• Many new lint checks

     Instant Run:

  • Instant Run Debug Issue 234401 should now be resolved. If a program is paused on breakpoint, app restarting is expected. But if the app is not paused on a breakpoint, it shouldn’t restart and hot swap should work when you only make a method implementation change.

     Build:

  • Incremental dex’ing. Dex’ing is now done at a per class level. This allows for more incrementality and will result in faster incremental builds. You should also expect improved build speeds for applications using legacy multi-dex (minSdkVersion < 21).

  • Dependency resolution at execution time. In previous versions, dependency resolution occurs during Gradle configuration time. By moving dependency resolution to execution time, you should expect improved configuration times for large projects.

     IDE:

  • Android Studio on the mac will now be called “Android Studio 2.4 Preview.app” to make it easier for you to run 2.3 stable with the new previews side by side.

  • Device File Explorer - Seamlessly view, modify and interact with device filesystems directly in Android Studio. This feature replaces device filesystem interactions previously accomplished through DDMS (Dalvik Debug Monitor Server)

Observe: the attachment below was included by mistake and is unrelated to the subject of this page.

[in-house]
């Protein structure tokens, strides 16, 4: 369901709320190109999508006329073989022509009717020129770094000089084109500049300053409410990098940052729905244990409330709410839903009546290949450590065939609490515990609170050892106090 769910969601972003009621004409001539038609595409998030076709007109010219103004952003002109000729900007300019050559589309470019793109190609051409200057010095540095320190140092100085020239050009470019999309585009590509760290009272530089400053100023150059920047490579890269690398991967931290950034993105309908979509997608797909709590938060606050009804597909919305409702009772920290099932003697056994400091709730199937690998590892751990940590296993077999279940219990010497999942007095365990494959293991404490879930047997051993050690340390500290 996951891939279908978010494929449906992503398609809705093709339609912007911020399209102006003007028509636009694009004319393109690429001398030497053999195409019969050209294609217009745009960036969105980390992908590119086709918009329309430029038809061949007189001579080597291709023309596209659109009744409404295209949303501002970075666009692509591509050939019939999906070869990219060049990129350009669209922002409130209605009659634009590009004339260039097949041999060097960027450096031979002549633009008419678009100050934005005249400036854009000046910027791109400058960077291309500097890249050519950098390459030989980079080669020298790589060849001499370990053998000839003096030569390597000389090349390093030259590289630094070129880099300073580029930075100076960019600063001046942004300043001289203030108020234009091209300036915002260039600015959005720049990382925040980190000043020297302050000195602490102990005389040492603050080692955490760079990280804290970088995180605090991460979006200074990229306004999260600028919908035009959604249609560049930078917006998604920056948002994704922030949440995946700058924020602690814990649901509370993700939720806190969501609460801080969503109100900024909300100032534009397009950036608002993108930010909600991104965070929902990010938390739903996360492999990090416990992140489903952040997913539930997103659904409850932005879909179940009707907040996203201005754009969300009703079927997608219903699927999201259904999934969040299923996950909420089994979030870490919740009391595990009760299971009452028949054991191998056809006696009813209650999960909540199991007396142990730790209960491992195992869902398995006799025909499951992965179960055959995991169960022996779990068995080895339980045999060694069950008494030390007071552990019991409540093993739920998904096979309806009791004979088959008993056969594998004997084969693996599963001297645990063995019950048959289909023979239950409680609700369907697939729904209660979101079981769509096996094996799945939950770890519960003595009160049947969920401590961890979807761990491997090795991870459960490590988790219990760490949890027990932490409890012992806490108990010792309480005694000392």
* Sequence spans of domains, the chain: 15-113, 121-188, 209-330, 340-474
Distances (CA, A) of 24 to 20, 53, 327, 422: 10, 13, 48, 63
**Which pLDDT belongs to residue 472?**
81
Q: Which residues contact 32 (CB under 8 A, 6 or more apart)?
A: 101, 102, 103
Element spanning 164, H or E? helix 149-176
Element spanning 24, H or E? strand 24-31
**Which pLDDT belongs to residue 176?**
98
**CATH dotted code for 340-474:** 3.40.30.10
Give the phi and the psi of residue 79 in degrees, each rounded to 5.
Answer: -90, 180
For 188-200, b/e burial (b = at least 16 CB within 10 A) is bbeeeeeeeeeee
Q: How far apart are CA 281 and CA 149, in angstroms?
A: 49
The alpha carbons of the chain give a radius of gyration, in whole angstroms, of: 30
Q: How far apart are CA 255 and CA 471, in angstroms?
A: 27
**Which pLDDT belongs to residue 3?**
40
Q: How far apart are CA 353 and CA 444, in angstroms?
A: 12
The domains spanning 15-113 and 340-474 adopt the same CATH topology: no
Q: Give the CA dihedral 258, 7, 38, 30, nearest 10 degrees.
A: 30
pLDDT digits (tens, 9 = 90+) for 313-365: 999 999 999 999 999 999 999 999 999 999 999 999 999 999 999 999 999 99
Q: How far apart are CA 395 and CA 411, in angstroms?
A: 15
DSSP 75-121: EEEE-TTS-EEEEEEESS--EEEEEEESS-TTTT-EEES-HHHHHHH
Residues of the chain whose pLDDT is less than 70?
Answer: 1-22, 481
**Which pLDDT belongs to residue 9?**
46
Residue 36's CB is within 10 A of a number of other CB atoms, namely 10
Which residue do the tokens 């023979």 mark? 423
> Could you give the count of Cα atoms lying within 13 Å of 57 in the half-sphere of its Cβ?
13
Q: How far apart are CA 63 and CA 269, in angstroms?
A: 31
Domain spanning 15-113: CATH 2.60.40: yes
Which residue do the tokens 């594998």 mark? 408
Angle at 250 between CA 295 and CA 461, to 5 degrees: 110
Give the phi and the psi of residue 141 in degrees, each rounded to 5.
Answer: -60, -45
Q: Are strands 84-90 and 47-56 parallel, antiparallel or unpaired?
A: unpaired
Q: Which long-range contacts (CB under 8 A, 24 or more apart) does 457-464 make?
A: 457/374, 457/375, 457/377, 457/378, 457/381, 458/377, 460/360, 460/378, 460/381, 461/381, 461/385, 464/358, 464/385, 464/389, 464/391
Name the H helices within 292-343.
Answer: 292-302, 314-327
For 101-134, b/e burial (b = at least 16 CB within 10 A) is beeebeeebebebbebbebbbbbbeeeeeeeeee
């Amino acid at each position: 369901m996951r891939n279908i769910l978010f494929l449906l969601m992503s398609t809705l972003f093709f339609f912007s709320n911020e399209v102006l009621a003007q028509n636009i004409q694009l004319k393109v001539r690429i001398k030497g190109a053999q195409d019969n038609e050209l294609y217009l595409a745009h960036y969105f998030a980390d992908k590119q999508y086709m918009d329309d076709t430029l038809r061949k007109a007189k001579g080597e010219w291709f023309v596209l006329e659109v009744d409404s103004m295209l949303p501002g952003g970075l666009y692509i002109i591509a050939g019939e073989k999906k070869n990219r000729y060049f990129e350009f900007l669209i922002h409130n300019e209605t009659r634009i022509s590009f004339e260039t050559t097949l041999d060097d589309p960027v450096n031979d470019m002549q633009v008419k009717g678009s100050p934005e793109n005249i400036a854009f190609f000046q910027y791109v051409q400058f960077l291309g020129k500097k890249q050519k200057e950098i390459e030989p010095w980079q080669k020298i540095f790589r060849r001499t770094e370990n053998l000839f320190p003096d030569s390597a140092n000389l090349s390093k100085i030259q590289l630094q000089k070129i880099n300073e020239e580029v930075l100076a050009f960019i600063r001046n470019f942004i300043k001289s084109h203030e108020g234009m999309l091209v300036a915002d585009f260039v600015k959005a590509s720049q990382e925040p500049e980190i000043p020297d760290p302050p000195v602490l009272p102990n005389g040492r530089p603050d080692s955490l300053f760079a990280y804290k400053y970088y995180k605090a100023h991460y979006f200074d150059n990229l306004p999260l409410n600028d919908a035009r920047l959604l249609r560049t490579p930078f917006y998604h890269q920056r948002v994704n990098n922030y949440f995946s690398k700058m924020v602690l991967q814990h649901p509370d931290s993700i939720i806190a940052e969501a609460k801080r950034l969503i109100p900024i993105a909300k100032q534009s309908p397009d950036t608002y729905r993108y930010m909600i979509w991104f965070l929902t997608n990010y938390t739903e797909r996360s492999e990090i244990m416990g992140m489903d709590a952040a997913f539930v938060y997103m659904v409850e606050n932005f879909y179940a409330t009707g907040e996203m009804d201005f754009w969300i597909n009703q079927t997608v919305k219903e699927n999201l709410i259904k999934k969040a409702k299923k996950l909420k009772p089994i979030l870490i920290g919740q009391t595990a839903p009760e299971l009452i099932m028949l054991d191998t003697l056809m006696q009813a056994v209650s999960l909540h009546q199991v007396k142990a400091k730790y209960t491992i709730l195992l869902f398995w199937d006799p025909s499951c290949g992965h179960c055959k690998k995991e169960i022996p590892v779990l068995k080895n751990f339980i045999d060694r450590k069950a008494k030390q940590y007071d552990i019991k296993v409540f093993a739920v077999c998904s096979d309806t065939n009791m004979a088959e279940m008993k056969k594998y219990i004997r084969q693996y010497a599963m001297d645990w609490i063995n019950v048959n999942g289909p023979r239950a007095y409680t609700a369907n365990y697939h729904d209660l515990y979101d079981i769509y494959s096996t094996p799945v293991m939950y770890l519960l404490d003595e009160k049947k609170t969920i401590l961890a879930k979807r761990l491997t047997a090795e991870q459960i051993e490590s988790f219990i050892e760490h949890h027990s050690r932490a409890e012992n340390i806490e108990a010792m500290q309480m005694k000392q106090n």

Known Issues: 

  • If you check for updates it will tell you there is a new version of Android Studio 2.4 Preview 1 (build 171.3804684). This is the same build you already have installed. Please don't try to download it again. We will have a fix included in Android Studio 2.4 Preview 2. [Now resolved in Preview 2]
  • Mac builds may prompt you saying it can't be opened because it is from an unidentified developer. The zip appears to signed, but has issues. We will update it in Preview 2. If you want to try it in preview 1, please right click and select open.  [Now resolved in Preview 2]
ConstraintLayout 1.0.2 is now available
posted Mar 7, 2017, 3:17 PM by Nicolas Roard

We just published ConstraintLayout 1.0.2. As always, it's available in the SDK Manager (under the "Support Repository" section). We recommend to update to this version.

Note: with Android Studio 2.3 being released, we strongly encourage people to switch to it for editing layouts (ConstraintLayout included). Many improvements have been made since 2.2, providing a smoother experience.

Changes: